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The Art of Data Visualization

When your team is on-air, they reach into the hearts and minds of the audience to tell stories, make connections, and share updates. 

You may be surprised that visualizing data isn’t much different. Data visualization is the art of accurately presenting data in a way that captures the viewer’s attention and leads them to take action. As Computer Science Professor, Ben Schneiderman, said, “Visualization gives you answers to questions you didn’t know you had.” 

Here are a few ways you can leverage data visualization to maximize the story-telling power of your team.


A picture is worth a thousand words

Research has identified that the human brain processes visuals 60,000 times faster than text. It’s especially important to leverage this behavior when discussing important topics like annual strategies, campaign performance, and budgets. 

To begin creating visualizations that serve your team well, start with defining the purpose of the report. Creating a clear definition prevents the visualization from becoming too crowded with multiple needs. If stakeholders have multiple needs, create multiple visualizations. It’s more effective to have multiple visualizations that serve a specific purpose than just one or two that are overly complex. 

When the visualizations represent the performance of the primary KPIs of your organization, it allows you to weed out visualizations that are just interesting from those that truly drive action and results. When trying to decide if a visualization needs to be created, ask yourself, what are we going to do with this information? If there is not a clear answer, deprioritize that visualization until you’ve got some extra free time.



Seeing is believing

Data visualization creates simplicity from the complex. When everyone has the appropriate access to empower decision making, they are able to notice patterns, see relationships between activities, and identify outliers.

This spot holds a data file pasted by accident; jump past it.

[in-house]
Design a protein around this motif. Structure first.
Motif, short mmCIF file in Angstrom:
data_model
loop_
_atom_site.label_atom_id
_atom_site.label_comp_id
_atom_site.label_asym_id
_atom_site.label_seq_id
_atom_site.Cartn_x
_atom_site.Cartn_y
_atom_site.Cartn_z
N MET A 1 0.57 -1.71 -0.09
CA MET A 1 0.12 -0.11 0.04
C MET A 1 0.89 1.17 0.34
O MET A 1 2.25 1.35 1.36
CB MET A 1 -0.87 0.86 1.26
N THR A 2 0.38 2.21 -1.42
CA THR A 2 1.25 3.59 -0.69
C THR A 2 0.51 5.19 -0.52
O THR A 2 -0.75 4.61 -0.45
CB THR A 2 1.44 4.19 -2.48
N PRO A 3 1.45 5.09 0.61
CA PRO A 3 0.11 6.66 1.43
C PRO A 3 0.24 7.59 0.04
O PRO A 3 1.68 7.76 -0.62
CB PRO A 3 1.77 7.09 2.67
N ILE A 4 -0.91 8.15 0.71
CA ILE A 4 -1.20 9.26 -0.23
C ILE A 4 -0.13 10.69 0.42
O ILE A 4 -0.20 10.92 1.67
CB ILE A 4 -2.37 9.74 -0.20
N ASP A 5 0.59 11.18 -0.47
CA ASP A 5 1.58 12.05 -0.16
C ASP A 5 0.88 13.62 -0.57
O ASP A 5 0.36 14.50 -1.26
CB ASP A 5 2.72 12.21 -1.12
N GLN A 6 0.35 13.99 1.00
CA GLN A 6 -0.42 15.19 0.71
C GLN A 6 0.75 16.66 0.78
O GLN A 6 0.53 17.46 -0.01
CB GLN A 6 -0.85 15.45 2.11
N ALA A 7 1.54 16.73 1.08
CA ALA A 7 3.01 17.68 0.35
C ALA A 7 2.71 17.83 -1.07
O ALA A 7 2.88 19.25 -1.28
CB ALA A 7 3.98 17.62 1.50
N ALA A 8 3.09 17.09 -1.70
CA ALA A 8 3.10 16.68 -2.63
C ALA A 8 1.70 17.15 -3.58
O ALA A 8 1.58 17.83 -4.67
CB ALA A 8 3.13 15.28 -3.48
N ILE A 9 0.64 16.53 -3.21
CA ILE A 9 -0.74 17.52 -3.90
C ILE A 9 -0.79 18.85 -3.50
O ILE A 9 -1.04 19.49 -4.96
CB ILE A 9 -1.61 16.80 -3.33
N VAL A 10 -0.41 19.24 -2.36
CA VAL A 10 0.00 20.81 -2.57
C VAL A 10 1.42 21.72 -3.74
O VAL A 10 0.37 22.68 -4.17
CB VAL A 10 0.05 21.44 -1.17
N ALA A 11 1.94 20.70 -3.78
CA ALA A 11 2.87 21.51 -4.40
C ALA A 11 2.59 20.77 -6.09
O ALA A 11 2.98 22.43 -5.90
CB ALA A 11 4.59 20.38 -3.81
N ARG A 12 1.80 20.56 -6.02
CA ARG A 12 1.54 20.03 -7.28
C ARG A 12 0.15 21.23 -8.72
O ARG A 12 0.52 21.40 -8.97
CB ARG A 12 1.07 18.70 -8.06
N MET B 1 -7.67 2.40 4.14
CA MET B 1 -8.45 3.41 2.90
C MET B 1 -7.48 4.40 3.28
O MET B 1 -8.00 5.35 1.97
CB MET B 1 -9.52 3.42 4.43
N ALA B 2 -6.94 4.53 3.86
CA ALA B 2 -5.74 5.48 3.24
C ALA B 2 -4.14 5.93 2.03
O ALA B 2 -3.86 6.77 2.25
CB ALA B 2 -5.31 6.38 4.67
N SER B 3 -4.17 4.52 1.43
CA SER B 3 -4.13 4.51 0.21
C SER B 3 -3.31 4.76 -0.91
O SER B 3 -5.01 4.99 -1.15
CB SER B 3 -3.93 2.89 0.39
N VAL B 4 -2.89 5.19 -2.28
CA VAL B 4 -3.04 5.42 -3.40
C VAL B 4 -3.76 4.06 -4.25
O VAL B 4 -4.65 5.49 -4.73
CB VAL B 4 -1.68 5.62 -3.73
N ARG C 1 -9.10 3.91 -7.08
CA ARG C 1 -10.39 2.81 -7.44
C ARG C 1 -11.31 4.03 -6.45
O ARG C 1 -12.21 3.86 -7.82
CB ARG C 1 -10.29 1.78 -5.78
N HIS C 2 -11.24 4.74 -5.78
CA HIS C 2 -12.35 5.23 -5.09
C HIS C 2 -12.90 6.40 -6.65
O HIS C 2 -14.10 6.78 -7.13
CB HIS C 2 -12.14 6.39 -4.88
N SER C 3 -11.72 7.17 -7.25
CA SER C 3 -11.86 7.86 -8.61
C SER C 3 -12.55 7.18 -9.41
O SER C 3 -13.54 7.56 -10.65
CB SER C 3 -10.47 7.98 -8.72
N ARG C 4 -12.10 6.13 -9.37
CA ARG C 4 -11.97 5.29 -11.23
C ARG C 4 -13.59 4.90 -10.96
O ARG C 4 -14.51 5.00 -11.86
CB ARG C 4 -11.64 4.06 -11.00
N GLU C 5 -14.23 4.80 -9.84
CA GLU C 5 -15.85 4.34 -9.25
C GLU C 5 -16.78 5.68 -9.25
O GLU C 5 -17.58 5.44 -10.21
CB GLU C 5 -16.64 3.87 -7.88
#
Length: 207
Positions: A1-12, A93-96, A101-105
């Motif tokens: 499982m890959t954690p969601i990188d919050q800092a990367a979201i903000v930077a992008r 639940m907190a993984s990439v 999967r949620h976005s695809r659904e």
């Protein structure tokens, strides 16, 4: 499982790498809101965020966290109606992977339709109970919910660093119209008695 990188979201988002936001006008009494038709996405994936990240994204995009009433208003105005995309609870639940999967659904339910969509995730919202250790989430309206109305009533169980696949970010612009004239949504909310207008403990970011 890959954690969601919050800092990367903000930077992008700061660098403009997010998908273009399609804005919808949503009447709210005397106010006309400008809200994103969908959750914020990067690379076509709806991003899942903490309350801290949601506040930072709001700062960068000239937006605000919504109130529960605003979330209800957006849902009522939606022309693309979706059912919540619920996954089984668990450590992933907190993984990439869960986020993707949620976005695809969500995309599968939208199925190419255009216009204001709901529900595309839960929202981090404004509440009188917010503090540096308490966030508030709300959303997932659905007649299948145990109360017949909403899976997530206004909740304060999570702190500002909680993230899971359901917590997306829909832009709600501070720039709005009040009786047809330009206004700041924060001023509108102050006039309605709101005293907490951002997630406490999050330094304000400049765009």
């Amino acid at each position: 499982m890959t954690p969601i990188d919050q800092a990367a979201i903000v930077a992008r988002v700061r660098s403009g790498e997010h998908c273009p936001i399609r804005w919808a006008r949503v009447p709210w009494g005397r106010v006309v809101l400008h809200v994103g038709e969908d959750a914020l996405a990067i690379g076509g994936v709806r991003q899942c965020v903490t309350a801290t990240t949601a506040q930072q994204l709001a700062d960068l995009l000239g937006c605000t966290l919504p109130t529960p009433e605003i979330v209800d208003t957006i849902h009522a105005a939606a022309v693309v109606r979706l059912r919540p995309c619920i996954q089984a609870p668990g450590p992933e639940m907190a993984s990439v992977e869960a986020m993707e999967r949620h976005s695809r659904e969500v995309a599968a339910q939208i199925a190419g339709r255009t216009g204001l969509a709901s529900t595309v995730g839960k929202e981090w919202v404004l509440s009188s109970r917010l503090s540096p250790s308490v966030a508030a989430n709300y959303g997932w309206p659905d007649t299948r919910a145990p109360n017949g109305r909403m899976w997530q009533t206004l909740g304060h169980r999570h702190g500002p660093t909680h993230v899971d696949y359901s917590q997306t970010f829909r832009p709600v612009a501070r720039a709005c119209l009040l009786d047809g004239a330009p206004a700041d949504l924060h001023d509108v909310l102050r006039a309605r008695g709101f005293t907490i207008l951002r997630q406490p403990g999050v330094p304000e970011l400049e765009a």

It’s important to ensure that your story is accurate. Incorrect conclusions can be drawn if the visualization is distorted. Here are a few common mistakes to avoid:

  • Ambiguous or misleading colors
  • Size and spacing that misrepresents facts
  • Excessive or omitted data
  • Exaggerating or minimizing scale
  • Choosing the wrong visualization type
  • Only highlighting favorable results



Is your story interesting?

Not only should you create accurate visualizations with a defined purpose, but it’s also important to make them beautiful. Optimizing the user experience allows you to engage key stakeholders that allows everyone to access and understand the data they need quickly. 

Here are a few tips to maximize your data visuals:

  • Optimize the user experience by displaying the most important information first and keep subsequent details within a drilldown or accessible on a different page that can be accessed if needed.
  • Similar to a website, ensure your visuals are responsive and accessible. This includes, but is not limited to, mobile optimization, colorblind-friendly palettes, and easy-to-read fonts.
  • Each stakeholder may want to see a different view without excessive scrolling or clicking into multiple other areas. Consider providing functionality that allows them to sort and filter easily. You can also maximize how the viewer engages with the visuals by ensuring that nomenclature and definitions of the data are clear and consistent.



Your data tells a story. Get the insights you need for an effective fundraising growth strategy at